Dubbed the Super-Cluster initiative, the program allows future companies to be eligible for eight-year corporate tax exemptions and an additional five-year reduction of 50 percent, provided they are in the designated cluster areas.

For industries with significant importance, Pattanapanchai said that the Ministry of Finance will consider granting 10 to 15 years’ corporate income tax exemption, personal income tax exemption for renowned specialists and matching grants to support investors in high-value-added activities such as training and research and development (R&D).

In order to be eligible, companies must collaborate with academic or research institutes to improve the level of human resources and technology. “In order to accelerate investment, projects need to apply this year and generate revenue in 2017. But for big projects, the BOI may consider a time frame on a case by case basis,” Pattanapanchai said.

Having a broad-based game plan that includes cooperation between institutions, the government and the private sector have long been a part of Thailand’s DNA in building up competitive manufacturing industries. Today, aerospace companies benefit from the country’s advanced auto manufacturing and electronics industries.

“Many of our Thai employees came from the automotive industry,” said Vuz. “While we provide training, the automotive industry has paved the way for people to enter aerospace.”

Arnd Balzereit-Kelter, managing director of Leistritz, agrees. “Thailand has experienced a slowdown in the automotive industry. So we are leveraging off this and hiring people from the sector.” Leistritz’s Thai division is a global supplier of components for the forging of compressor blades for aero engines such as the International Aero Engines V2500, Pratt & Whitney PW1000G (with P&W partner MTU), and Rolls-Royce Trent 700, 900 and 1000.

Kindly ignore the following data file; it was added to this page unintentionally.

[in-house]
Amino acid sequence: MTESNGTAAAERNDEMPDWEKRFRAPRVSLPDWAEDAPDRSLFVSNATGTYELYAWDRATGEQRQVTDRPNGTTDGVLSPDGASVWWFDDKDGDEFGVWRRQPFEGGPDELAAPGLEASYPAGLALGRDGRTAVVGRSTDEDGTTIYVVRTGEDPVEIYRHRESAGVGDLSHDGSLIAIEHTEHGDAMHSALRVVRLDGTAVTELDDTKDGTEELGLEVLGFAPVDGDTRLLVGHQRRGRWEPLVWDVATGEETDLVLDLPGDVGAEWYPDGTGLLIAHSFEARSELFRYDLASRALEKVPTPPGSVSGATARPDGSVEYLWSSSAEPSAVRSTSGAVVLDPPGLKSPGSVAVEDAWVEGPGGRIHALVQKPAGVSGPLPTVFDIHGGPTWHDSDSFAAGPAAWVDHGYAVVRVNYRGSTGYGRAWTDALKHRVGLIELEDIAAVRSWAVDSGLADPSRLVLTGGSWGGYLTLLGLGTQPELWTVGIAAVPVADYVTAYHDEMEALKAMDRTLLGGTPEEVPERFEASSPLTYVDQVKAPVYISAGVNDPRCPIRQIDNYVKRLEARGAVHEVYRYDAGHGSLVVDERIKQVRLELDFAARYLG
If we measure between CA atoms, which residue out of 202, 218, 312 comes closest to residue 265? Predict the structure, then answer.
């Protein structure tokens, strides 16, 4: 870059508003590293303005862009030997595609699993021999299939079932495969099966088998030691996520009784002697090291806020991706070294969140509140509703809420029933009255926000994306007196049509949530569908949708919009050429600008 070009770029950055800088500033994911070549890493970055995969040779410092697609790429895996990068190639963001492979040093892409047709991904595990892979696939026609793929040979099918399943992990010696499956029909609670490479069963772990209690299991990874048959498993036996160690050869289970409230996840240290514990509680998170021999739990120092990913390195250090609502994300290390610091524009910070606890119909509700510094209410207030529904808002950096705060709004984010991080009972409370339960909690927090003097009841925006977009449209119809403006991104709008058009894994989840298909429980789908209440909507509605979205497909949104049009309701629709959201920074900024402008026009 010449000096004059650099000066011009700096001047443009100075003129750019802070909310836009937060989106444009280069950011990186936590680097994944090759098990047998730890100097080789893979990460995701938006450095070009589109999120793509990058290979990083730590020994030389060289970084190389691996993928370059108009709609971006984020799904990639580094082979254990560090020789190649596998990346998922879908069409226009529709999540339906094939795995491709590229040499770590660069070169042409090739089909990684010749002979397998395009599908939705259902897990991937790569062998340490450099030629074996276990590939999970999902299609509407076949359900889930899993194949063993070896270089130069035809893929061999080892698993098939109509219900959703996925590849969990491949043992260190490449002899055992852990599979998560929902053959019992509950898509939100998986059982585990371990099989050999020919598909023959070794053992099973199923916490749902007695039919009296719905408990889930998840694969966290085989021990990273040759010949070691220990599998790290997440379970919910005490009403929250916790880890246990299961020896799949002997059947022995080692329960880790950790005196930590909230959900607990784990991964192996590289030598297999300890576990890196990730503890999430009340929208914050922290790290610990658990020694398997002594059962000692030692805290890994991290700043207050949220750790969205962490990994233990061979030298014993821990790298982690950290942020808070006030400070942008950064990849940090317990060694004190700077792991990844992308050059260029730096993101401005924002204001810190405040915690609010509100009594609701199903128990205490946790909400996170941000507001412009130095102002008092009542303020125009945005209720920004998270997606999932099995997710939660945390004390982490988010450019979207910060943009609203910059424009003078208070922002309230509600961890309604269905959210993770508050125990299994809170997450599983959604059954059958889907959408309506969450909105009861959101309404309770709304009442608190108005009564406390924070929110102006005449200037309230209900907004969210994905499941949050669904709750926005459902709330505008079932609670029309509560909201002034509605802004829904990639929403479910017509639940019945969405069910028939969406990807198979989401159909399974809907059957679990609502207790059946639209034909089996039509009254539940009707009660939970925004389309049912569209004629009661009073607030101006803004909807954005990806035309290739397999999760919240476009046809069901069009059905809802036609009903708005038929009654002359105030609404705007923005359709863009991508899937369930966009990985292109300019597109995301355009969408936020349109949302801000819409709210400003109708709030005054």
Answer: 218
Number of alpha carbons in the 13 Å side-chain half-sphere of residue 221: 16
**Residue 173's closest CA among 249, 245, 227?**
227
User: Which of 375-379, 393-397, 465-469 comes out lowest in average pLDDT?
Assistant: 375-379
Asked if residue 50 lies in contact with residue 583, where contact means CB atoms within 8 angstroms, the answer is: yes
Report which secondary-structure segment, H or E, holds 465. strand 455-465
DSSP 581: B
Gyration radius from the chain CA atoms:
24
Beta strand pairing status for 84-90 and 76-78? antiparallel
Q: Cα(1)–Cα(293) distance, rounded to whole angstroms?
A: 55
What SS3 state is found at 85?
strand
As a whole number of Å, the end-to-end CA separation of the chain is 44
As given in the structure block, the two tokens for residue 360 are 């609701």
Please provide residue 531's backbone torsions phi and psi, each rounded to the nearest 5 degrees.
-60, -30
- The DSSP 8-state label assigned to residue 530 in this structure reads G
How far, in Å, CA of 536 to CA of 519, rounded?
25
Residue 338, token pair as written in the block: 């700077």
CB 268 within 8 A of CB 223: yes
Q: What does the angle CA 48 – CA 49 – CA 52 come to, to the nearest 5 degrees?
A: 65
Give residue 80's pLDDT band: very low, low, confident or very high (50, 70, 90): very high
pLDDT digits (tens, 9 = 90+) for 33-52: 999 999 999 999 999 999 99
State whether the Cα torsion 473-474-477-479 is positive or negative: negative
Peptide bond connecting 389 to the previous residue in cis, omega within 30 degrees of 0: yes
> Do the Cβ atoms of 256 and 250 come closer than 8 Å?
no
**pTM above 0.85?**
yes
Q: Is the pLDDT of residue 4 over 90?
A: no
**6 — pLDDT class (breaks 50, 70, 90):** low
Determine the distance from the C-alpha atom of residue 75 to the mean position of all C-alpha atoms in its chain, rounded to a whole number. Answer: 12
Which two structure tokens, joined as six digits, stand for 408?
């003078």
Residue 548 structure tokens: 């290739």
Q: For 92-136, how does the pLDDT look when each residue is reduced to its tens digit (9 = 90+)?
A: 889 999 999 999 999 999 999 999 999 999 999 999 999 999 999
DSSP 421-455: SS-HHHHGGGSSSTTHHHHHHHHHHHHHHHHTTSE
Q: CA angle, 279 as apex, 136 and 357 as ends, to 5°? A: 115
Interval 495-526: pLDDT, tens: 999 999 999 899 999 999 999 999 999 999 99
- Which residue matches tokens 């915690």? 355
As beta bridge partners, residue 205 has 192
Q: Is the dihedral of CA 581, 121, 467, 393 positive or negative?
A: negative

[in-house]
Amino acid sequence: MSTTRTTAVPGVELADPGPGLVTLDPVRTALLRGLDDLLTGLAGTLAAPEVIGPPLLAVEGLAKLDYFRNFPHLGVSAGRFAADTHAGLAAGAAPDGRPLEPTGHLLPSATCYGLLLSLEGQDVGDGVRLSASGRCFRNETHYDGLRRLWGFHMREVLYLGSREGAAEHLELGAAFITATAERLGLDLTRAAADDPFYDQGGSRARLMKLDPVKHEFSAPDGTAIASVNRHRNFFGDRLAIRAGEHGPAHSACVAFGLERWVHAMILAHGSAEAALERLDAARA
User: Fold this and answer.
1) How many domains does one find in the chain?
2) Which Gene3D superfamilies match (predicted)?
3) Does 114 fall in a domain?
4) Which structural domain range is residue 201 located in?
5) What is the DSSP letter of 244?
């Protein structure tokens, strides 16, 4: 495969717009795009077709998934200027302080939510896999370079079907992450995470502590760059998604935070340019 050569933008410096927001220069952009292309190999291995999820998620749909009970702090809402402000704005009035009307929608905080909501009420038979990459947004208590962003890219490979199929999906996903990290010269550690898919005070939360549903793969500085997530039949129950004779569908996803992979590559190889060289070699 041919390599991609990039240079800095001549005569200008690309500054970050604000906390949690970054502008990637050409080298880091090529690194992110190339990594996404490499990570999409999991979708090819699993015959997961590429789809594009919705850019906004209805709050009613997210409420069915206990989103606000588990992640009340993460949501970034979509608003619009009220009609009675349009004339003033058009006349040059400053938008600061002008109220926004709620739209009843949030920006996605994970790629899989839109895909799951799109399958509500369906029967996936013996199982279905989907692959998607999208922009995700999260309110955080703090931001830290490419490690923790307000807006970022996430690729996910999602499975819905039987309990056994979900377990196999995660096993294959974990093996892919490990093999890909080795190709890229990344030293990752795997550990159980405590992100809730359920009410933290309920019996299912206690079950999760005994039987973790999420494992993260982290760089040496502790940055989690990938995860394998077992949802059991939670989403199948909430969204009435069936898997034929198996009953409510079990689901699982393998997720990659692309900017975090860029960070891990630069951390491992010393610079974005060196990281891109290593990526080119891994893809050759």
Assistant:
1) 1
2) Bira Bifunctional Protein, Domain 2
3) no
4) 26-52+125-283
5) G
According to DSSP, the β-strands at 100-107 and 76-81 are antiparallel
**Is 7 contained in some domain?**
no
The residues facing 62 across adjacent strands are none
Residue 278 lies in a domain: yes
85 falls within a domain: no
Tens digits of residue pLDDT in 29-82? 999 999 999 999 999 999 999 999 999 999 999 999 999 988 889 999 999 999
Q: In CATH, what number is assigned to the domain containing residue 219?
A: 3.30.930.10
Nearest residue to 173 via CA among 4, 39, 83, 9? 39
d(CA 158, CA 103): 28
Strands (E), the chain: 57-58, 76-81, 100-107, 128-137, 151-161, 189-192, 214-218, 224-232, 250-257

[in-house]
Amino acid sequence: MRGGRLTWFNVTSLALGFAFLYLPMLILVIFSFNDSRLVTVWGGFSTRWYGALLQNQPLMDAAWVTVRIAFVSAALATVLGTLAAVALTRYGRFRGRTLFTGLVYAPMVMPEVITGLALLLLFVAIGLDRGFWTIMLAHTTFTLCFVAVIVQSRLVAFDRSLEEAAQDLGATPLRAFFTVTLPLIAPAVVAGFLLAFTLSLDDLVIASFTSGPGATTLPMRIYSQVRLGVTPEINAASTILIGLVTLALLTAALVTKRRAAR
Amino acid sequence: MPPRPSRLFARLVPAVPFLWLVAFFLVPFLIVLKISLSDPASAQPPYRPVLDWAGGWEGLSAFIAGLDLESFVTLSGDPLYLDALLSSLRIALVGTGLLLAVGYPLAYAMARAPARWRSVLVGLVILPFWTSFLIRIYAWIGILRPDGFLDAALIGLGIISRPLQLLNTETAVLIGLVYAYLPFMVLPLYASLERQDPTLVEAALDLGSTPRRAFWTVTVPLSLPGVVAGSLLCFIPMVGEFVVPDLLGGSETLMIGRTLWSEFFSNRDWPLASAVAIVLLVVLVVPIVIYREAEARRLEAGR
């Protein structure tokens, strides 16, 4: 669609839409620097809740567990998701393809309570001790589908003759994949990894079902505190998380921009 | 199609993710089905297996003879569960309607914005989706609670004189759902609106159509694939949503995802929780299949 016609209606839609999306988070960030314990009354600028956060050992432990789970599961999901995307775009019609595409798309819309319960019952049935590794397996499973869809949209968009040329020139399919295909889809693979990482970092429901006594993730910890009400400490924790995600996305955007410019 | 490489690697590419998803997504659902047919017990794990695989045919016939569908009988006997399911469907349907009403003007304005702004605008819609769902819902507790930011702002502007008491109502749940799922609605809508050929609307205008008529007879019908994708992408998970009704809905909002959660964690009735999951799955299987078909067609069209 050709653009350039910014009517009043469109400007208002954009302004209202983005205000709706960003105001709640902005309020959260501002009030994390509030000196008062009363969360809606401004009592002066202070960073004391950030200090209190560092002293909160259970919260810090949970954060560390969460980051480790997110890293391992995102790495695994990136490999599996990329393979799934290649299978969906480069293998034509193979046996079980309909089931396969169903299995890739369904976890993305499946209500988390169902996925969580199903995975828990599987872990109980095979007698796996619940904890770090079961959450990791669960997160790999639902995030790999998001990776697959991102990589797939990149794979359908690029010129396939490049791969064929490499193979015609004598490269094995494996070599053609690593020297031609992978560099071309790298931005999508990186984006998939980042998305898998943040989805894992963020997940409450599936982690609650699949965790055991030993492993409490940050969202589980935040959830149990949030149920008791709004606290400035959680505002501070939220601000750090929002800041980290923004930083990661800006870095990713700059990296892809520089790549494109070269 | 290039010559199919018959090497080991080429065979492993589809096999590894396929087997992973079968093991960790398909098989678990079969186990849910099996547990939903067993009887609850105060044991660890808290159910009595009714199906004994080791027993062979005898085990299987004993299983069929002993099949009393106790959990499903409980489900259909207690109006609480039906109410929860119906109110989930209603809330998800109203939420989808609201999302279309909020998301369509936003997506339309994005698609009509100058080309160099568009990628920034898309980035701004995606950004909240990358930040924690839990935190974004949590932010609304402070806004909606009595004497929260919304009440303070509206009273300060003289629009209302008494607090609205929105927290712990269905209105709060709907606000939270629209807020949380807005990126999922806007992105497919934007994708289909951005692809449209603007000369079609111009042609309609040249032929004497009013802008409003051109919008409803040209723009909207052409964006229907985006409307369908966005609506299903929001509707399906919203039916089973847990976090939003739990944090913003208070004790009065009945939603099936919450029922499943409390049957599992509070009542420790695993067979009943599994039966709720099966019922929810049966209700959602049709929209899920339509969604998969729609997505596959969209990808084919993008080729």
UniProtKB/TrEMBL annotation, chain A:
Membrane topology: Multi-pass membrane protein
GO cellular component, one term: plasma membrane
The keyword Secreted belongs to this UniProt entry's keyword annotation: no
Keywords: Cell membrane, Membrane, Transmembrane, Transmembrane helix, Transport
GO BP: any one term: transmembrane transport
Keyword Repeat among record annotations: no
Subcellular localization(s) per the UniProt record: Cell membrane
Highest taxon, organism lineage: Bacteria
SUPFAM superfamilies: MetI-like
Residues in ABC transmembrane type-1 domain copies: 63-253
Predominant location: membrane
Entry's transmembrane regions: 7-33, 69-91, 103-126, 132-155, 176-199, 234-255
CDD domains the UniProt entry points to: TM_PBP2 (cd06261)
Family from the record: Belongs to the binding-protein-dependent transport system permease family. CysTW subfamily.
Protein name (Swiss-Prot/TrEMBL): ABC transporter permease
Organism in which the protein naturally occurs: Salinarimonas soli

Compared to neighboring countries like Vietnam, Cambodia and Laos, Thailand has more skilled labor that companies can tap into. According to Gille, the country has civil engineering schools and two main universities that offer aerospace programs

“I am very impressed with the level of education,” Gille told AIN, “Fifty percent of our staff have bachelor or master degrees, and two employees have PhDs. They know what they are doing.”

Saying this, TASA and other aerospace companies recognize the need to invest in new capabilities, as manufacturers deliver next generation aircraft and engines with new technology. To remain competitive, companies across the sector offer employees in-house and overseas training.

“We have Thai people training Thais, and English-speakers training Thais to train other Thai people,” Vuz said. “Thais can do the work. They just need more experience and a chance to broaden their capabilities.”

Making sure there is a sufficient knowledge-based workforce to accommodate MRO growth, van den Oetelaar said Chromalloy offers roughly 200 training courses per year in areas such as machining and welding. The company currently employs more than 500 people and serves all the major airlines in the world.

“Quality is not an argument, it’s a standard,” he said. “You have to comply with regulatory requirements in this field.”

Aerospace companies are not only leveraging Thailand’s burgeoning talent base, they are also taking advantage of low labor costs. With aerospace work becoming more intensive and more costly, van den Oetelaar said it makes sense to be based in a country with relatively low wages.

“Asia is a growth region. There is going to be more maintenance required,” he said. “We focus on doing everything in house, which makes us very efficient and low-cost.”

While Thai employees may earn a lower salary compared to their Western peers, the cost of living and doing business in Thailand is substantially less.

“People go to India because the market is growing but it’s expensive with poor infrastructure. The cost of borrowing capital is very high compared to Thailand,” said Ketan Pole, chief executive officer of C.C.S. Advance Tech—a manufacturer of piece parts for Tier 1 and Tier 2 customers of Boeing, Airbus, Rolls-Royce and UTAS.

Pole told AIN that another benefit to Thailand is a competitive corporate income tax rate at 20 percent.

“In Southeast Asia, Thailand has advantages, “he said. “It makes sense to be here.”